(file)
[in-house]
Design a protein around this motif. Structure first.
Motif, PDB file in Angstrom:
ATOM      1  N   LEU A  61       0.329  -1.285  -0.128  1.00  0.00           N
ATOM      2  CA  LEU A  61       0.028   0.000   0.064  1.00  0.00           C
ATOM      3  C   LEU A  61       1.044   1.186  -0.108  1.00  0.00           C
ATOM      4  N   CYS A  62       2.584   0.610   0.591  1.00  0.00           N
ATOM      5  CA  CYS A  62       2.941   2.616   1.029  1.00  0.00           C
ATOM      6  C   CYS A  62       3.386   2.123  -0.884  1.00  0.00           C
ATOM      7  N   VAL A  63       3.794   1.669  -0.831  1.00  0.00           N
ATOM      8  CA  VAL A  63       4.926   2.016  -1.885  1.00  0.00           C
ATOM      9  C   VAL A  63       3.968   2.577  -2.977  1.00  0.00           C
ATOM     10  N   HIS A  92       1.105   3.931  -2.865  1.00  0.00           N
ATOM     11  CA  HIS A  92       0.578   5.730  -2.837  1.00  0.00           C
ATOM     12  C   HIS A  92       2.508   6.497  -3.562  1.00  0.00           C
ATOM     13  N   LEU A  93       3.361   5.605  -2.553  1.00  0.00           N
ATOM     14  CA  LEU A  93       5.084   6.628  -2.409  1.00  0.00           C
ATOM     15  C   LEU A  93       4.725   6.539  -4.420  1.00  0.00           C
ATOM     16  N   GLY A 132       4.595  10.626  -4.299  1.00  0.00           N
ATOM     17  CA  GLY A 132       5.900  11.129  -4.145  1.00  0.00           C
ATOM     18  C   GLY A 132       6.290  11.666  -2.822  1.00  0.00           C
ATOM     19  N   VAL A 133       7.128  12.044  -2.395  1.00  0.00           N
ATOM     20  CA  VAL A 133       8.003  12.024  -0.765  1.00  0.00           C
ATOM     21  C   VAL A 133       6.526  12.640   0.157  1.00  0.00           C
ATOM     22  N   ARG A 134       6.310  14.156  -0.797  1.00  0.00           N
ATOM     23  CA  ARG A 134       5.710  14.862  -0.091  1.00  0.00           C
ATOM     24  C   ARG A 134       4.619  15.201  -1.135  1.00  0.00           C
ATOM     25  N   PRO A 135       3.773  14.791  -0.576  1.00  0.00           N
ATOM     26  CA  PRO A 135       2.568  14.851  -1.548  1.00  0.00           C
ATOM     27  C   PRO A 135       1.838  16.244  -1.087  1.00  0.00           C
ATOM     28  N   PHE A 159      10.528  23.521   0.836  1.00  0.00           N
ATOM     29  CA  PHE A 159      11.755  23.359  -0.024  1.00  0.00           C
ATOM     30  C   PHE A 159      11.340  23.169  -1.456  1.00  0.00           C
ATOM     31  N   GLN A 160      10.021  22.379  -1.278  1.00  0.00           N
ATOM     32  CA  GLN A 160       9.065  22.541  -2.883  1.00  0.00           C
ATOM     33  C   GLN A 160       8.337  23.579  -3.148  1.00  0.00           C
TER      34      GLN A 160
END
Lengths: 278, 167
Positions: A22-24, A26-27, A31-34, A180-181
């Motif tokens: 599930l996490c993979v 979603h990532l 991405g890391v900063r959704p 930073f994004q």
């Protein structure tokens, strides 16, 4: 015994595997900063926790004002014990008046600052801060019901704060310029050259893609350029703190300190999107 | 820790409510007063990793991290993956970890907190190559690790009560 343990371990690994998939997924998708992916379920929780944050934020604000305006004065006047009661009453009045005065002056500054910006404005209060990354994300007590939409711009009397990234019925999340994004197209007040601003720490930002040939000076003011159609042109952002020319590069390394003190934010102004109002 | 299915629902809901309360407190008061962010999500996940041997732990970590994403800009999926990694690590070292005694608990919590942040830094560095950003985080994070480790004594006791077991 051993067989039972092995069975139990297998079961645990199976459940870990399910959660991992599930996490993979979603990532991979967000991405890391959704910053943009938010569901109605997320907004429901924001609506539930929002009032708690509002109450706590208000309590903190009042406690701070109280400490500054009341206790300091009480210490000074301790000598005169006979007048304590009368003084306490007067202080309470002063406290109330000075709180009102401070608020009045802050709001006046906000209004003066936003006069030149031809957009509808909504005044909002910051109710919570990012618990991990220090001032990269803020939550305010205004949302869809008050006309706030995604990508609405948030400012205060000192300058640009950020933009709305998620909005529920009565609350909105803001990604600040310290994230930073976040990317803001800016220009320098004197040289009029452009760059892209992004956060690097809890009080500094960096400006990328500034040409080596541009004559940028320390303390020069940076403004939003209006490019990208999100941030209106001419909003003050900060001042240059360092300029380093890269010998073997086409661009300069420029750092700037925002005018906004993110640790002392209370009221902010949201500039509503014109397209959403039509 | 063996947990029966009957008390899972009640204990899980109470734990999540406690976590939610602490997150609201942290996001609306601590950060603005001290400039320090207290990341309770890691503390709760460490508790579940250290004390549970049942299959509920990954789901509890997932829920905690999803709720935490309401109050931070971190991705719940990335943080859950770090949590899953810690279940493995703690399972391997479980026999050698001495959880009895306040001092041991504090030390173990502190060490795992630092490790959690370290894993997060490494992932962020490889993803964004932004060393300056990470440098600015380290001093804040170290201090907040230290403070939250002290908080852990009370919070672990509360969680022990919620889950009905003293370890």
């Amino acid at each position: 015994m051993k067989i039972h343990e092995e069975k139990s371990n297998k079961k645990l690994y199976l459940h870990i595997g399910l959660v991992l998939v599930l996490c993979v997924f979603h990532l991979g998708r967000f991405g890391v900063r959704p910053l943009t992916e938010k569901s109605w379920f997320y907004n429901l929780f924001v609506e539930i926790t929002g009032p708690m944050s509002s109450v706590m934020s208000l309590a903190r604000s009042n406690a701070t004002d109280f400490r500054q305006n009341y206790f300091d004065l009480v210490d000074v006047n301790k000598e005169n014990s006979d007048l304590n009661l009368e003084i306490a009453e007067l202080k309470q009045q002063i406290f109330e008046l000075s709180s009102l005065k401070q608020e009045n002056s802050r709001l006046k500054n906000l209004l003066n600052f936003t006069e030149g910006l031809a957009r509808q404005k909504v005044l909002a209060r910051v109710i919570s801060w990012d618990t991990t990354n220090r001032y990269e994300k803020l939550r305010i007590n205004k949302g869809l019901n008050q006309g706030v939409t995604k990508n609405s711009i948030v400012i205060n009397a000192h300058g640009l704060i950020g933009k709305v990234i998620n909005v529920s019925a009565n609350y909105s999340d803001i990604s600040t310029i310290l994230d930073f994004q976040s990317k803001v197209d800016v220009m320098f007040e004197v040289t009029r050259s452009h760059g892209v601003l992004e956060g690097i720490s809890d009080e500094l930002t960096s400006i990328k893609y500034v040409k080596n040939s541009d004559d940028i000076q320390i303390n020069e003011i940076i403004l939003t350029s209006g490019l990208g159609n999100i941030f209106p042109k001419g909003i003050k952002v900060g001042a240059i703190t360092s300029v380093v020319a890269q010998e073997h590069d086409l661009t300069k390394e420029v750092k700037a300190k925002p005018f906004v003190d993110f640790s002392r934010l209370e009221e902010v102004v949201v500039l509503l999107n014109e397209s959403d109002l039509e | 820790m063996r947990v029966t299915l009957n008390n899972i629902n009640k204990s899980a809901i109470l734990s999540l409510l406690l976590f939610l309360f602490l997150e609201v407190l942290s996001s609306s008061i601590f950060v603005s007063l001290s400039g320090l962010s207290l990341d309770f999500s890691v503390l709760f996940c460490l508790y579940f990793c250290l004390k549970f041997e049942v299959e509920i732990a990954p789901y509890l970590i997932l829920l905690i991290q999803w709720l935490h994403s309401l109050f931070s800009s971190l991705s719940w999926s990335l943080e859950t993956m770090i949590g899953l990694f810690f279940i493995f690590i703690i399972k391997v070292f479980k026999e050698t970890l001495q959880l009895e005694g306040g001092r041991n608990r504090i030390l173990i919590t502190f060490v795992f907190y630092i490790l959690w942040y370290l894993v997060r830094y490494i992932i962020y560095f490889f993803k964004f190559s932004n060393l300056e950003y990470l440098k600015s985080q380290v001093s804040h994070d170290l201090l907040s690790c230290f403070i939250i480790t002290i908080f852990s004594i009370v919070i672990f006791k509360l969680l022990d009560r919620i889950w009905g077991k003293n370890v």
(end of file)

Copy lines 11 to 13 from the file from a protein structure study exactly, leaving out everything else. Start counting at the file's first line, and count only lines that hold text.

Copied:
ATOM      8  CA  VAL A  63       4.926   2.016  -1.885  1.00  0.00           C
ATOM      9  C   VAL A  63       3.968   2.577  -2.977  1.00  0.00           C
ATOM     10  N   HIS A  92       1.105   3.931  -2.865  1.00  0.00           N